When I was finally done with my first trimester nausea and fatigue the pain rolled in. I was just sitting in a chair at a business meeting and stood up and it was ridiculous-pain in the front of my pelvis. I finally felt like I could function and now physically I can not walk or even put on a pair of pants. Yuck! Throughout the pregnancy I continued to have this pain that would switch between low back pain or pain in the front of my pelvis. It made it hard to do my job at the time of helping children and even though I knew how to balance my pelvis with special common physical therapy activities my pelvis wanted to hurt.

I was determined that this would not happen with subsequent babes. Starting very early (like as soon as I knew I was pregnant) I started preventative strategies and Rost therapy. One of the “Rost” approaches I used rocks the boat on traditional physical therapy treatment of symphysis pubic dysfunction (SPD). Instead of constantly keeping my legs together, to not allow muscles to pull on the pubic symphysis, I would daily rest in a goddess yoga pose. This allowed me to gently stretch my inner thigh muscles, aka the hip adductors, so that these babies (muscles) were not tightly pulling on my pubic bone or symphysis pubis.

It is very common for mamas to experience symphysis pubic dysfunction at some point in pregnancy and may even carry this over into the postpartum stage as they are healing. In fact I see ladies with SPD months sometimes years after having baby. It is even common for it to creep up on ladies right before their periods as progesterone is climbing and the bod is a little more tender.

The symphysis pubis increases 2-3 mm in pregnancy due to softening in the cartilage disc that separates the two pubic bones. This occurs due to increase in certain hormones such as progesterone. Pre pregnancy the pubic bones are separated 4-5 mm. By the end of pregnancy this space averages 7.7 mm, but can range between 3-20 mm! In ladies that have a gap greater than 9 mm, it is considered diastasis of the symphysis pubis (DSP).1Björklund, K. Sonographic assessment of symphyseal joint distention during pregnancy and post partum with special reference to pelvic pain. Acta Obstetricia et Gynecologica Scandinavica, volumn 78, 2 (1999):125-130.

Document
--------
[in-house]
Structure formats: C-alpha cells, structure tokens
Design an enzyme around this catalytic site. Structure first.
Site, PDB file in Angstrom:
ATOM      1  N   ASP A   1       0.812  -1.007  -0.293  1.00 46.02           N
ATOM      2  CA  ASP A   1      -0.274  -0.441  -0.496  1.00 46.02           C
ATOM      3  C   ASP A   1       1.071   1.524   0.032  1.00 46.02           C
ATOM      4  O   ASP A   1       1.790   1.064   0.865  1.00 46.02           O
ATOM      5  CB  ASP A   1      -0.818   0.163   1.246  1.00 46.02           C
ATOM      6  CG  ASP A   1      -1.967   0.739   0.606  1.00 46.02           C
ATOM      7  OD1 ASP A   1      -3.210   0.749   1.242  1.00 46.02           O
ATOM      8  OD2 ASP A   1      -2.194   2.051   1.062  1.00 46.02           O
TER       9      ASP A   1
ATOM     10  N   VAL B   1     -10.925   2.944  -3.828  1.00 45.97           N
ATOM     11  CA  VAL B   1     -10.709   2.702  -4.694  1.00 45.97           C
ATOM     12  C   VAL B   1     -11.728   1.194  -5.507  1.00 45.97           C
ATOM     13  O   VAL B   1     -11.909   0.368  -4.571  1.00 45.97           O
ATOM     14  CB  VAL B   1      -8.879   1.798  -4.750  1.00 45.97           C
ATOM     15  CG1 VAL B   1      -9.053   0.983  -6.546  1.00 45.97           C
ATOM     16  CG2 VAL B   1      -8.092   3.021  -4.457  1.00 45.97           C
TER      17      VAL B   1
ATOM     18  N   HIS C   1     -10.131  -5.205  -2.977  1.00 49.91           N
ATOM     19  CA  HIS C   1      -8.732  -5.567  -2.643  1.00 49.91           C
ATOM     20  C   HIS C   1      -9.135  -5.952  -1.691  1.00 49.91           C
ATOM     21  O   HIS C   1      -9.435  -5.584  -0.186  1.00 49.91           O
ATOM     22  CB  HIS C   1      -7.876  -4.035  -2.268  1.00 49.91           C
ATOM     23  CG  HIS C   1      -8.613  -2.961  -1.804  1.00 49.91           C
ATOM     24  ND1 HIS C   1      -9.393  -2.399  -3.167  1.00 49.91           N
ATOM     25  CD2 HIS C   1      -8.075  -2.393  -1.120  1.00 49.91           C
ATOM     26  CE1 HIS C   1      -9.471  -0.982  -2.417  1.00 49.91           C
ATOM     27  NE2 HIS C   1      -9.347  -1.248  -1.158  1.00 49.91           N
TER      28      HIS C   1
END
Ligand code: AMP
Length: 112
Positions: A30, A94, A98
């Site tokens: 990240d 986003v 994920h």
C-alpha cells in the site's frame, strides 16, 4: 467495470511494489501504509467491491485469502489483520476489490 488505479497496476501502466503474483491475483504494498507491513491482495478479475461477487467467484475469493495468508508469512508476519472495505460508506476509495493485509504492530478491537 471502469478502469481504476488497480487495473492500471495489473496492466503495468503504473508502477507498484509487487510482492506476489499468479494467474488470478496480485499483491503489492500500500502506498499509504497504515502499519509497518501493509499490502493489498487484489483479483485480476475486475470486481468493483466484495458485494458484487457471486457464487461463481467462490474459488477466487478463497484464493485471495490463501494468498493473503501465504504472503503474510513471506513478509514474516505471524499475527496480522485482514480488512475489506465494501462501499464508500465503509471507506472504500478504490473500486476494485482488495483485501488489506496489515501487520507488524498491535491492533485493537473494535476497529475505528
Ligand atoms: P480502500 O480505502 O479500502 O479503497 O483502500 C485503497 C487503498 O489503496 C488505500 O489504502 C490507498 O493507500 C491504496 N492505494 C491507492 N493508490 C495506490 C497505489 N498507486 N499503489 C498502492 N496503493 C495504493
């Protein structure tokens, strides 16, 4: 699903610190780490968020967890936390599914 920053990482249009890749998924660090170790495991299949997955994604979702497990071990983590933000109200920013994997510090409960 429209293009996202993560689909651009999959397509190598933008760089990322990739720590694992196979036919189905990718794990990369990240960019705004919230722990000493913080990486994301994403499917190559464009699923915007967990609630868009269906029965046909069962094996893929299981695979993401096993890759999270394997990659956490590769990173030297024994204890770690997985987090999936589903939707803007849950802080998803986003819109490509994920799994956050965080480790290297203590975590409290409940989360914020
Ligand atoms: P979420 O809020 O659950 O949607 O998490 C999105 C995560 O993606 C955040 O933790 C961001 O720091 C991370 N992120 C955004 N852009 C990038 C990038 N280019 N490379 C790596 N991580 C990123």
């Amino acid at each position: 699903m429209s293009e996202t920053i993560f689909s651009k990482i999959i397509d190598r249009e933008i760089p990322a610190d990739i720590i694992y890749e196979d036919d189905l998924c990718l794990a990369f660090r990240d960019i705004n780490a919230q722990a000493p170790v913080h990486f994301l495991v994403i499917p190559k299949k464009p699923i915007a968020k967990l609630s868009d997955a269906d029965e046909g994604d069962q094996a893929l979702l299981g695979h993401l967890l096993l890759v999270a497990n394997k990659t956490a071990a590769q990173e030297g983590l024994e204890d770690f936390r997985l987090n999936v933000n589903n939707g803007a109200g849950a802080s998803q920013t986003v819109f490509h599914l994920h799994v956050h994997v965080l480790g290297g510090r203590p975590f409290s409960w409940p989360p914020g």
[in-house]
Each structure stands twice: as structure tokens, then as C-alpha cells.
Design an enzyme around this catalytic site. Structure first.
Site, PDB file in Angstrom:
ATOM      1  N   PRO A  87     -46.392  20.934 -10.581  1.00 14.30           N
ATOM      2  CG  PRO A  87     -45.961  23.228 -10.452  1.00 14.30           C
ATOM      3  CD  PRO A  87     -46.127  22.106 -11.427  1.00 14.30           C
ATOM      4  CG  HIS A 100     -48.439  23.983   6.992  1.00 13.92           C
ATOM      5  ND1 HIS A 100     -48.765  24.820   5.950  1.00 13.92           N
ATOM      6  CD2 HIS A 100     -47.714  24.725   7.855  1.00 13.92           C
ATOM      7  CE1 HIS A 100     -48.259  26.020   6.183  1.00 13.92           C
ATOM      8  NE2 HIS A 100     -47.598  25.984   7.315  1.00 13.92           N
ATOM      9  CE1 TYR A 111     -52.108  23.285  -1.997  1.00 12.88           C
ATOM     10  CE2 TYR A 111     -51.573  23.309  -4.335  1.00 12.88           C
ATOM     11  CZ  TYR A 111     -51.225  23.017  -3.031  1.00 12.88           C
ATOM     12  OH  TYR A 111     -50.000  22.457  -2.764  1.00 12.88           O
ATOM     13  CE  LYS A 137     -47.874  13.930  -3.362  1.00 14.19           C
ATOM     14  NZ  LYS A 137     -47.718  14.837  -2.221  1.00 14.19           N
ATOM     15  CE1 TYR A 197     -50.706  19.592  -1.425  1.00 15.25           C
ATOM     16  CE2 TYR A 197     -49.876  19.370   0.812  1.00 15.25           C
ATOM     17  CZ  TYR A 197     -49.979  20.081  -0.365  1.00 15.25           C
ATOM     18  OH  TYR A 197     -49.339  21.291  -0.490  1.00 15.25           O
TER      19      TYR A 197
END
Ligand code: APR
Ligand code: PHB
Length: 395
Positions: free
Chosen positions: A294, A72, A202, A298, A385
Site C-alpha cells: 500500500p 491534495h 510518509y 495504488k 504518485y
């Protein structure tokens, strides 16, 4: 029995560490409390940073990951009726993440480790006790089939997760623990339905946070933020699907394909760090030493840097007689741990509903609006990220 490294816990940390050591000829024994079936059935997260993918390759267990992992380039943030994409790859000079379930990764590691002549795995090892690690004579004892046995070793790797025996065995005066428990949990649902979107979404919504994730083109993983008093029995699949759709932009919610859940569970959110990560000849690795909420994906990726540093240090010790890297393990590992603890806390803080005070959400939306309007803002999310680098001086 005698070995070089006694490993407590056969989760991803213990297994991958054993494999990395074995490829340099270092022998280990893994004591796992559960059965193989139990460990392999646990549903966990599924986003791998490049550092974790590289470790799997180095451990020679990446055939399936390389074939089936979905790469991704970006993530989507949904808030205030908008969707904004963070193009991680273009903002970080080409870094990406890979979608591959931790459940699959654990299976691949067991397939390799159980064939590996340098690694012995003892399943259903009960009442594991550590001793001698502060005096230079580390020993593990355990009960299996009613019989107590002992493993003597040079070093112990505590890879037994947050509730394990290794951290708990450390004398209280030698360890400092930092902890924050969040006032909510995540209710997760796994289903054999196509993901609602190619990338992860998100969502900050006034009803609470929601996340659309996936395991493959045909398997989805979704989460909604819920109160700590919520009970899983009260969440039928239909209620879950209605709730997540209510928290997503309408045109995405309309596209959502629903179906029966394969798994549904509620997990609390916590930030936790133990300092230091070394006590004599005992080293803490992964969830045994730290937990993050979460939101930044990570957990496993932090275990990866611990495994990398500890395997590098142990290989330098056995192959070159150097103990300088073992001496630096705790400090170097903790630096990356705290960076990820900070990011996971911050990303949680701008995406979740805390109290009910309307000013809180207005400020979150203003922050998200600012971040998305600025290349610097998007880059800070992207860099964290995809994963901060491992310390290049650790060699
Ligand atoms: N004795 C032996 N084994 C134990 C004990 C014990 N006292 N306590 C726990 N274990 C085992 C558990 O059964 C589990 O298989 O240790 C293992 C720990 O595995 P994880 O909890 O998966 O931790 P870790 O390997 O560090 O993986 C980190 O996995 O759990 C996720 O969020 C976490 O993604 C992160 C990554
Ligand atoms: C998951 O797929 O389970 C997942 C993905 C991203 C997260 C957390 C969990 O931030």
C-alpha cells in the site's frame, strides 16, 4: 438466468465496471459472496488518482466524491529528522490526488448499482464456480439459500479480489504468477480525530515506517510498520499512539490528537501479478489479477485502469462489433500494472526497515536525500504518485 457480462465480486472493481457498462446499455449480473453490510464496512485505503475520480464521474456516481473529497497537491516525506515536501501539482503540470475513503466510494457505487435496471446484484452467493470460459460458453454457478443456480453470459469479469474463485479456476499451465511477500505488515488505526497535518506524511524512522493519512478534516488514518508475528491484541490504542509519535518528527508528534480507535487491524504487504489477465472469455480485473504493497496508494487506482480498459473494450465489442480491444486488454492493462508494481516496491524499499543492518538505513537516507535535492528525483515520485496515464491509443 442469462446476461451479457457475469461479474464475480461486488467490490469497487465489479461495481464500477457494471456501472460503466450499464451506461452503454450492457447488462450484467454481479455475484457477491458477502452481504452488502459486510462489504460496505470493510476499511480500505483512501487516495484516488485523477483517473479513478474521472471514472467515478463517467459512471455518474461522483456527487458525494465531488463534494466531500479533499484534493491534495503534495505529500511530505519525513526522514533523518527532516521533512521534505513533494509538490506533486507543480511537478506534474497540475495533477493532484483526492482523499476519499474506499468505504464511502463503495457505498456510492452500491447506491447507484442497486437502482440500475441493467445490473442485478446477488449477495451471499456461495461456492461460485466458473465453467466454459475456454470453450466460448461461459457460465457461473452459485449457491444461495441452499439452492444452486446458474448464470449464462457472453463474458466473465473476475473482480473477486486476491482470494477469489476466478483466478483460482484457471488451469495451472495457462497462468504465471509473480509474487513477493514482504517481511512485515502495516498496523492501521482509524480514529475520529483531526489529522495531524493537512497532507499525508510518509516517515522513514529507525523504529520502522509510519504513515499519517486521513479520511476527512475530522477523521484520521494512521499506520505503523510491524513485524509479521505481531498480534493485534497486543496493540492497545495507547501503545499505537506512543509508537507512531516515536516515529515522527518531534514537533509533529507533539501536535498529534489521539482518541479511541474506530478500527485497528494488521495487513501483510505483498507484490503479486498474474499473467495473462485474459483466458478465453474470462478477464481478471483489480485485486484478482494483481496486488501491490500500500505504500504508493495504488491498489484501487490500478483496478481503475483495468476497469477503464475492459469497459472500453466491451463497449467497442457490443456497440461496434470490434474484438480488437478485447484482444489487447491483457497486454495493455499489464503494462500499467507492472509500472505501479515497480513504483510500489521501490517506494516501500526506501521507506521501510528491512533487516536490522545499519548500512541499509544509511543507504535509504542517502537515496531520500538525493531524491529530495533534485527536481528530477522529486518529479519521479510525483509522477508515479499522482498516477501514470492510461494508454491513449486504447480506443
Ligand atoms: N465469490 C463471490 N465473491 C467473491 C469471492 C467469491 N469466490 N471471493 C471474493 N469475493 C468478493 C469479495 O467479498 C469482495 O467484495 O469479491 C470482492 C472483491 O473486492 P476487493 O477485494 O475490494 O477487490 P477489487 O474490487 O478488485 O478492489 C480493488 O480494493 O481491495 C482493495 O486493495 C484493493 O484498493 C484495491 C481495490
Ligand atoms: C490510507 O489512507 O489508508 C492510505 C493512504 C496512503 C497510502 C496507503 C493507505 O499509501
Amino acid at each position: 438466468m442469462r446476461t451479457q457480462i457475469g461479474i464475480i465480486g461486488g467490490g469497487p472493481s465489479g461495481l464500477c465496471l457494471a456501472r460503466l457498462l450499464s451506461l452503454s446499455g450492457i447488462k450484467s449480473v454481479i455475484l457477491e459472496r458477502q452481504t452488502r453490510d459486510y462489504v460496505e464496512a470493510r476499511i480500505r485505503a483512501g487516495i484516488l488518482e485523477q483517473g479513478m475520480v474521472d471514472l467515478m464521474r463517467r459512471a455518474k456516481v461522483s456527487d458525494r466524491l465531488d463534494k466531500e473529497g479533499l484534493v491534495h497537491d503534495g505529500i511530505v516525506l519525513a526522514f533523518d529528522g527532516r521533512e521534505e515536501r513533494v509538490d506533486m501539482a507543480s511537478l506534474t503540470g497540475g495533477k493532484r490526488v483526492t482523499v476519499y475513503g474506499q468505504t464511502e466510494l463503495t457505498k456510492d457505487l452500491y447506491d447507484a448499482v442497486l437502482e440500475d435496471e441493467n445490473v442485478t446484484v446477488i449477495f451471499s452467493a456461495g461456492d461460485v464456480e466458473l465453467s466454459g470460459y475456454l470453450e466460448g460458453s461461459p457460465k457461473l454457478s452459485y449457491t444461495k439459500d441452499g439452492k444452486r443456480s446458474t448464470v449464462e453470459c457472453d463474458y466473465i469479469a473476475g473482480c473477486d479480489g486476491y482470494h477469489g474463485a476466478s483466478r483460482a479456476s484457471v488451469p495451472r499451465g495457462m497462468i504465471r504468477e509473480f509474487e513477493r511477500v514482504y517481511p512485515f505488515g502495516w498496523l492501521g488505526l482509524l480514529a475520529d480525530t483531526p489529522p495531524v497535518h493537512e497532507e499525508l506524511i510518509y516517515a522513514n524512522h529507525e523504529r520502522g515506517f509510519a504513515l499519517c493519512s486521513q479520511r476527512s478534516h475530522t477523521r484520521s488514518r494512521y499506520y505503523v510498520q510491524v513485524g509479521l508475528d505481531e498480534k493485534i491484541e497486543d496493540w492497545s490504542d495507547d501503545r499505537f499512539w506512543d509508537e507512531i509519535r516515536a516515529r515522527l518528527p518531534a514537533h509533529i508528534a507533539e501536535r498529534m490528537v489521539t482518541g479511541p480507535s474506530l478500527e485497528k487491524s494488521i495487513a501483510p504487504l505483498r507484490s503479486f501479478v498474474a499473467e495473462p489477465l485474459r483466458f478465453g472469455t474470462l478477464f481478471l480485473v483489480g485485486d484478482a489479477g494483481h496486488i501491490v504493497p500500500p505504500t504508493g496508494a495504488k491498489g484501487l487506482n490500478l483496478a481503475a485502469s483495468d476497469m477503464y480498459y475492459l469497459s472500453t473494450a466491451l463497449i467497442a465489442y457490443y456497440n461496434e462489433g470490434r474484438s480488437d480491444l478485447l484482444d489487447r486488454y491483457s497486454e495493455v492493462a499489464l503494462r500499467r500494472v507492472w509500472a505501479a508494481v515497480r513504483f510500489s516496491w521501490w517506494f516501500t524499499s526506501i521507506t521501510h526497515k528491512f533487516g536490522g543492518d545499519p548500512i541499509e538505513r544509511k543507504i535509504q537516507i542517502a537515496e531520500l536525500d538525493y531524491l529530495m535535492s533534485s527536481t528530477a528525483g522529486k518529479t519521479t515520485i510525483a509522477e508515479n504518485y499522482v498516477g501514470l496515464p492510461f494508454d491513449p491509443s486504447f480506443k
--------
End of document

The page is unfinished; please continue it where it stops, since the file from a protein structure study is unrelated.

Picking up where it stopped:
What is a gal to do?

  1. Stretch the hip adductors gently and allow them time to relax.
  2. Massage the trigger points (TP) in crabby hip adductors by placing a light to medium pressure on them for 60-90 seconds or until the TP feels less irritable (see this video)
  3. Specifically see an obstetric trained physical therapist that has experience working with SPD. We can certainly help balance the pelvis with manual techniques or teach you approaches to balancing your own pelvis. We also go through body mechanics to help reduce strain to the pubic symphysis.
  4. Serola sacroiliac belt mama! Place this fancy belt on once you feel a bit more stable to help support your pelvic girdle.

My clients have had amazing relief with me working through some of the above techniques and tailored programs specifically for their lifestyle, and stage postpartum. Once client specifically emailed me after one session:

“I just wanted to drop a quick note to tell you that I had a fully pain-free yoga class this morning. I focused my attention on using those visualizations with breathing and it made a world of difference. I didn’t even have to do significant modifications! That really gives me some hope that this could get better! Thank you so much for your help!”

If you are not sure if you are experiencing any pelvic girdle pain or more specifically symphysis pubis dysfunction please use this amazing and researched based questionnaire to track your progress. I use this with my clients in the clinic to understand where function limited. It is also helpful to review this questionnaire after care or several weeks later to see if you have improved!

Mama you do not have to live in pain. There are so many approaches to care of your body. Please contact me today for more help! I offer a complimentary phone consultation for you to tell me your story!

References   [ + ]

1. Björklund, K. Sonographic assessment of symphyseal joint distention during pregnancy and post partum with special reference to pelvic pain. Acta Obstetricia et Gynecologica Scandinavica, volumn 78, 2 (1999):125-130.